How to remove your web site from Google’s blacklist

Google’s “This site may harm your computer” may very well be every website owner’s most dreaded nightmare. When Google blocks your site you can say goodbye to any traffic you had and see your revenues go down drastically.

Whether you like it or not, Google traffic means everything:

Here I’m going to show you how to fix this issue and get your web site back in order. The process is fairly straightforward and if you follow these steps, you do not need to worry.


1) Assess the problem

The first thing you need to do is activate Google’s webmaster tools. If Google is flagging your site as malicious, then they ought to show you what the problem is, right? And that, they generally do.

Add your site to Google Webmaster Tools by clicking the “ADD A SITE” button.

Google will ask you to verify that you are the site’s owner:

Use FTP or CPanel to either upload that file or create it with exactly the same name and content.

Once this is done, navigate to Health-> Malware:

Here Google will tell you what it found and where. This includes a list of pages where bad code was found:


2) Remove the problem

The problem is malware or some other sort of malicious / spammy / phishy content.

Cleaning up a website can be a difficult task if you are not familiar with coding or security in general. However, you are not alone. There are entire communities out there where people can get help. I recommend in particular StopBadware and BadwareBusters.

If you just want the problem solved for you there are companies that specialize in website cleanups. Do a bit of research, read some reviews and pick the one you want. Obviously this is not free. Prices range from $60 to $399 for one website. The company I work for, SparkTrust does offer such a service. In fact, most website cleanups are sent over to me, so most likely you’d be dealing with me ;-) If you are interested, you can sign up here.

Once your site has been cleaned up, secured and all passwords changed, you can breathe a little and get ready for the next step.


3) Restore your good standing with Google

On the screenshot seen above, you may have noticed a button called “Request a review“. Click on it and fill in the details in the next screen:

Then Google will print a message:

This does not mean your web site has been cleared yet! Unfortunately, you have to wait… again! Waiting times seem to vary quite a bit, but if nothing has changed after 48 hours, you will want to review the malware report again to make sure that all the bad stuff has been removed.

A quick note regarding the malware removal: it is advised to disinfect the files rather than completely remove them (unless, of course, the files are entirely malicious). For example, it is common to see legitimate JavaScript files get injected with malicious content. It makes it easier for Google to crawl those same files again and confirm that they have been cleaned. If the files have been removed, Google won’t be able to verify that.


4) Learn about the experience

Once Google has cleared your site, you may want to forget about the whole thing and hope it never happens again. You can do that… or take the time to review what just happened and how to prevent it in the future.

Review why your website was hacked. Was it because of a poor password, an infected PC that leaked your passwords, an out-of-date WordPress installation? Whichever it was, you can take this bad experience and learn a few things about security. See my security tips.

If you were helped by some people from the community, you may want to return the favor and use your own experience and what you’ve learned to pass it on to others. Malware is a global problem that can only be tackled by proper knowledge and education, not just software.


Jerome Segura

Nothing but big phishes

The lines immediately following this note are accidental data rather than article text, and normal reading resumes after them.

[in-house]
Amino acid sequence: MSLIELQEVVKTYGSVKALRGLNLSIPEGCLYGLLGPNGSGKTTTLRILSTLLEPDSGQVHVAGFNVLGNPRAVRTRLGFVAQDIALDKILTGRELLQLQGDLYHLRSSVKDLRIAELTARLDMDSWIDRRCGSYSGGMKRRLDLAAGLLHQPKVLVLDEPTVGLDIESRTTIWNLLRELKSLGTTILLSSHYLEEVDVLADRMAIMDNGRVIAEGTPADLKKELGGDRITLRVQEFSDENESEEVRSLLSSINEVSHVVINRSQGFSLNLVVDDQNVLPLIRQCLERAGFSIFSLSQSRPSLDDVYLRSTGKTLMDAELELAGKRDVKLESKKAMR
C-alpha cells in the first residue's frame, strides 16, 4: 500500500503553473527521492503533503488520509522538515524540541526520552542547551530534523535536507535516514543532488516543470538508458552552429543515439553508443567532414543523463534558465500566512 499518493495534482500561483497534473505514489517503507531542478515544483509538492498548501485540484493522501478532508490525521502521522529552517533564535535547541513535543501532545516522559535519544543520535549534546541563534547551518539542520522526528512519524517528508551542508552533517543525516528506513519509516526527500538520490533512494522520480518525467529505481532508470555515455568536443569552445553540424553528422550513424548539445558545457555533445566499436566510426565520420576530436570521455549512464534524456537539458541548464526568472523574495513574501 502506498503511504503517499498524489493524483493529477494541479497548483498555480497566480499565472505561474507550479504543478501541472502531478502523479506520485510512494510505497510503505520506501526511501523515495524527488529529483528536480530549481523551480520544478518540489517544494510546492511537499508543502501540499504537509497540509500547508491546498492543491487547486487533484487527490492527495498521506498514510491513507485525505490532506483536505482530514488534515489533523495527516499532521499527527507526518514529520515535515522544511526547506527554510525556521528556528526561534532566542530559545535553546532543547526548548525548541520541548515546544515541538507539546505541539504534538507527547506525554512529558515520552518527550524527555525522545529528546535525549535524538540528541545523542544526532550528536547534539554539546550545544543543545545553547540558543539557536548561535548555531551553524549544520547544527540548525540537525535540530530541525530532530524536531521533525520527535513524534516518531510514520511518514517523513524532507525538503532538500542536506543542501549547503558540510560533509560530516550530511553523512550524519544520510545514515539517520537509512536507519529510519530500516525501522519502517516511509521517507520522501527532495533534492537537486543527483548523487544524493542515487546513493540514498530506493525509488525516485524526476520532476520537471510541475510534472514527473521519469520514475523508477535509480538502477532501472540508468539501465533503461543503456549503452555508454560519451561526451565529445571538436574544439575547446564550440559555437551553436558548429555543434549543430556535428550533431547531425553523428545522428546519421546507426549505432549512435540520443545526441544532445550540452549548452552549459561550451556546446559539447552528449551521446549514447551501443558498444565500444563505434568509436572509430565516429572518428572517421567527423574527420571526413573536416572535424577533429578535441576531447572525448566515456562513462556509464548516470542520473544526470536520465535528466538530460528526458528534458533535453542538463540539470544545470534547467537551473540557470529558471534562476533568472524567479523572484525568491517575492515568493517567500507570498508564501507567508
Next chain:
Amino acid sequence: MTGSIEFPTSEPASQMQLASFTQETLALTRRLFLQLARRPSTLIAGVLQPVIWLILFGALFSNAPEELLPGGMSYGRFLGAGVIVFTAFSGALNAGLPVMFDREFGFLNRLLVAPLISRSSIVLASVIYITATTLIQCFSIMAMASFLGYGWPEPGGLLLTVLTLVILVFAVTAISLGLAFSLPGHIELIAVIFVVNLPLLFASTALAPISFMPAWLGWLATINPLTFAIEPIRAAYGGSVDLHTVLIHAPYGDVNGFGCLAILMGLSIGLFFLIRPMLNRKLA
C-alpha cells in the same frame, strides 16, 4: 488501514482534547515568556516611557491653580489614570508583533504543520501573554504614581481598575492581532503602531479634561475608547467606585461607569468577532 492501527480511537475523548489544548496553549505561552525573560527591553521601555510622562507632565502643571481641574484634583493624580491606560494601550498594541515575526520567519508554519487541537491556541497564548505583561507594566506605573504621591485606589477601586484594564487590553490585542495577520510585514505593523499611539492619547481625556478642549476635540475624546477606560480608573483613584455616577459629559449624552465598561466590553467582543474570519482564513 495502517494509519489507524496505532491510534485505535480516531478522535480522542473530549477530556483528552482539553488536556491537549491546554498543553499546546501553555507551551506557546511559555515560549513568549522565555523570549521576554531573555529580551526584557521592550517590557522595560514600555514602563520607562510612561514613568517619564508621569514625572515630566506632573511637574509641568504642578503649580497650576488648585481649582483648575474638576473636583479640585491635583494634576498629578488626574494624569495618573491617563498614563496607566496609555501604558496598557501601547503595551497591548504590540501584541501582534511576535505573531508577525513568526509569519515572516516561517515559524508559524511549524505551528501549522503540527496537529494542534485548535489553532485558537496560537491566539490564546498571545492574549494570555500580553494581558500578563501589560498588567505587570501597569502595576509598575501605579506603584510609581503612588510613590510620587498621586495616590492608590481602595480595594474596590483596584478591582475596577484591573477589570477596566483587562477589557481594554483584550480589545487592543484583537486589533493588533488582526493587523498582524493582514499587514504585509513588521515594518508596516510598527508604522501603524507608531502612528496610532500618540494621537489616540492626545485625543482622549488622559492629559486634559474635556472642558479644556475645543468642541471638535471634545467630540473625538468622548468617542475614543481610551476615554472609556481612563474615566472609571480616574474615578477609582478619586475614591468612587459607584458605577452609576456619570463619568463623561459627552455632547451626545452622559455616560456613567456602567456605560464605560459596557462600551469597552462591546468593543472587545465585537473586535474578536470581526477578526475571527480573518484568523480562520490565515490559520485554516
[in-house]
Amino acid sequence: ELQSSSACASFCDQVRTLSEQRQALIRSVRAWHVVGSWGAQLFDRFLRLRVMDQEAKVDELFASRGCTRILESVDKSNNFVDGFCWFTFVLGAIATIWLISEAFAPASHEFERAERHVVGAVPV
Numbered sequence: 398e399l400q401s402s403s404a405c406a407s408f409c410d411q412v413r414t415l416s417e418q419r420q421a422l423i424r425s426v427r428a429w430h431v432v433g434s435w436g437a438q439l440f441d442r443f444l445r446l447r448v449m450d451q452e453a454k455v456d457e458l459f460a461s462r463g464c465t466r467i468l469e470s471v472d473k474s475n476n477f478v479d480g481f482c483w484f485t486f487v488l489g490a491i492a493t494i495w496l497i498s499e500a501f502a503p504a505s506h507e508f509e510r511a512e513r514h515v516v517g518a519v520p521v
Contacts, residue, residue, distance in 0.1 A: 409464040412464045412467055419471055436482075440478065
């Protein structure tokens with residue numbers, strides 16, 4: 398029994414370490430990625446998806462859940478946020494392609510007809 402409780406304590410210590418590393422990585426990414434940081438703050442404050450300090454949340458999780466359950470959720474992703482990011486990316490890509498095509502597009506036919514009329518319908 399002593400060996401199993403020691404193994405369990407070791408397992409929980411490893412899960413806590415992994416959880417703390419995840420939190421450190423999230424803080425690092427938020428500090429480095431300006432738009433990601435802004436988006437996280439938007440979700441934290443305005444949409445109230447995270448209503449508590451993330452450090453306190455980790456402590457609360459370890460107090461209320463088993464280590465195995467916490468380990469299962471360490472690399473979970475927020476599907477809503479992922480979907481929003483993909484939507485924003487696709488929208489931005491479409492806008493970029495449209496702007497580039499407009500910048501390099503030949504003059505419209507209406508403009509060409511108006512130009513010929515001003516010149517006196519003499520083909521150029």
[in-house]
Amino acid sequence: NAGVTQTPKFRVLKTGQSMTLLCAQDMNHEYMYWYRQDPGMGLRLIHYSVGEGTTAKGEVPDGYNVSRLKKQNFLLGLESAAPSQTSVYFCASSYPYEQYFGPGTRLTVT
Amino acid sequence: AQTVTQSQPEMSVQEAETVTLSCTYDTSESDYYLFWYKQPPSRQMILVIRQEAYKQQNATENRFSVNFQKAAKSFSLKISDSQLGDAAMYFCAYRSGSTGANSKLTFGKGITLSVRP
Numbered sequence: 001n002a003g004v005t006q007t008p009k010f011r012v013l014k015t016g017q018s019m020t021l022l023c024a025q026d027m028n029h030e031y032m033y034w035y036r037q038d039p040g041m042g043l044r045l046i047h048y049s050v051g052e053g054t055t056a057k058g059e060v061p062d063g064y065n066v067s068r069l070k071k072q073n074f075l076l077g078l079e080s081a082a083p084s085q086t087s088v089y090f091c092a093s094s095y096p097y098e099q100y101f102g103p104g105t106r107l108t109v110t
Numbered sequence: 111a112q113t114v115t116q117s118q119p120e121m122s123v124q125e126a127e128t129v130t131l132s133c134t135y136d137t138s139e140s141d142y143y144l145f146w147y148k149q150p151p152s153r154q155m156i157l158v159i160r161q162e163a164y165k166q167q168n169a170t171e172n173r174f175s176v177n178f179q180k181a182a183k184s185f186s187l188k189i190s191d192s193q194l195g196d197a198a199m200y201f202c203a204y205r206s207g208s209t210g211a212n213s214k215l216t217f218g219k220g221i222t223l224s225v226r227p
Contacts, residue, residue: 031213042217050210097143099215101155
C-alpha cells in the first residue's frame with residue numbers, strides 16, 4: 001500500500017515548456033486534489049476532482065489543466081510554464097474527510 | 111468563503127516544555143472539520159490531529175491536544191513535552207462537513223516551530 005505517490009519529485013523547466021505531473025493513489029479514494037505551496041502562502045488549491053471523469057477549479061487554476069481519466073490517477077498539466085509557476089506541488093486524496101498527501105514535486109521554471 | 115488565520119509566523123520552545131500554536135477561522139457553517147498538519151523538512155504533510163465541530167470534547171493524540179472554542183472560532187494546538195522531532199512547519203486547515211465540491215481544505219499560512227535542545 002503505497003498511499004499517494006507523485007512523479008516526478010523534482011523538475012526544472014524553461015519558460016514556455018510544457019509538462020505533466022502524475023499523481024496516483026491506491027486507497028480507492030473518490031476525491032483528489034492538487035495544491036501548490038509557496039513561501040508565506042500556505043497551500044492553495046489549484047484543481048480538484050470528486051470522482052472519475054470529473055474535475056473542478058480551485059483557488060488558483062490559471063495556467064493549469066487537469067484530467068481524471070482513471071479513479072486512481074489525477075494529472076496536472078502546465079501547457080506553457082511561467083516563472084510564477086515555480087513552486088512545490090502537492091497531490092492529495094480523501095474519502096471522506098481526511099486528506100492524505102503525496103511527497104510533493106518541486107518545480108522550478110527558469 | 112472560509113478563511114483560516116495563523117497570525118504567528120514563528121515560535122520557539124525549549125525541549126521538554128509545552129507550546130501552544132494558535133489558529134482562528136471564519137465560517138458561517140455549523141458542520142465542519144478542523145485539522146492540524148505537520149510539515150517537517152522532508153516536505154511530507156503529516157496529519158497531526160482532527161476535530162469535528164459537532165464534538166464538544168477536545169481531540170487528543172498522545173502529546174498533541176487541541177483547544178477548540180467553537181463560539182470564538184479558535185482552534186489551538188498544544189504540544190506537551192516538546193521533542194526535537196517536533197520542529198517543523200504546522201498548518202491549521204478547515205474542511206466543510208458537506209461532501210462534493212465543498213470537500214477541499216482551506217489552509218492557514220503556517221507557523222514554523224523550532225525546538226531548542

I came across this PayPal phishing scam that I thought was kind of funny.

First time I see scammers ask for the account’s current balance! Do they not bother if your balance is too low? Maybe not ;-)

Jerome Segura

The Malware is in the DB (not the pudding)

Recently, I came across a site infested with malware and where FTP access was broken and SSH not available. The only thing I had at my disposal was access to an old SQL Server 2000 Database.

The site is running IIS and The main page contains malicious code:

However this code is not present in the deafult.aspx index file. The only thing I could notice were references to a database:

The next logical step was to search the DB for that bad code. In fact, I just took the first table I could get my hands on and did a simple query: select * FROM {dbnameremoved).dbo.Information

And there it is… The bad code has been injected in almost  every single table in fact.

The cleanup path would be to delete those entries with some SQL DELETE statements, but overall given how outdated the server is, it would just be a matter of time before it gets re-infected. Unfortunately in this case, the user is not very computer-savvy and migrating the whole site without the malware and no backup available sounds like a Herculean task.

This is one of these cases where sites are never updated for years, get infected and become broken beyond belief.

Jerome Segura

Update: this site is really owned! Check out this insane Google report:

Of the 688 pages we tested on the site over the past 90 days, 449 page(s) resulted in malicious software being downloaded and installed without user consent. The last time Google visited this site was on 2012-06-25, and the last time suspicious content was found on this site was on 2012-06-25.

Malicious software includes 738 scripting exploit(s), 100 trojan(s), 65 exploit(s). Successful infection resulted in an average of 2 new process(es) on the target machine.

> Wish me luck! ;-)

Update 2: site disinfected

The cleanup consisted of preserving the good data and erasing the malicious code. The following SQL query was used:

This is a server that is shared with a lot of other people and the security on it is really bad as you can not only see their names but also their Databases:

You can also browse the server file system:

This is a reminder that shared hosting is not secure. Now you know why it is so cheap.

Securing your website: some tips

I’ve been a contributor (or helper) in the BadwareBusters forum (StopBadware) in the last month or so. Recently someone asked about how to prevent a future re-infection and secure their website. I came up with a bunch of ideas which I thought I could share here as well: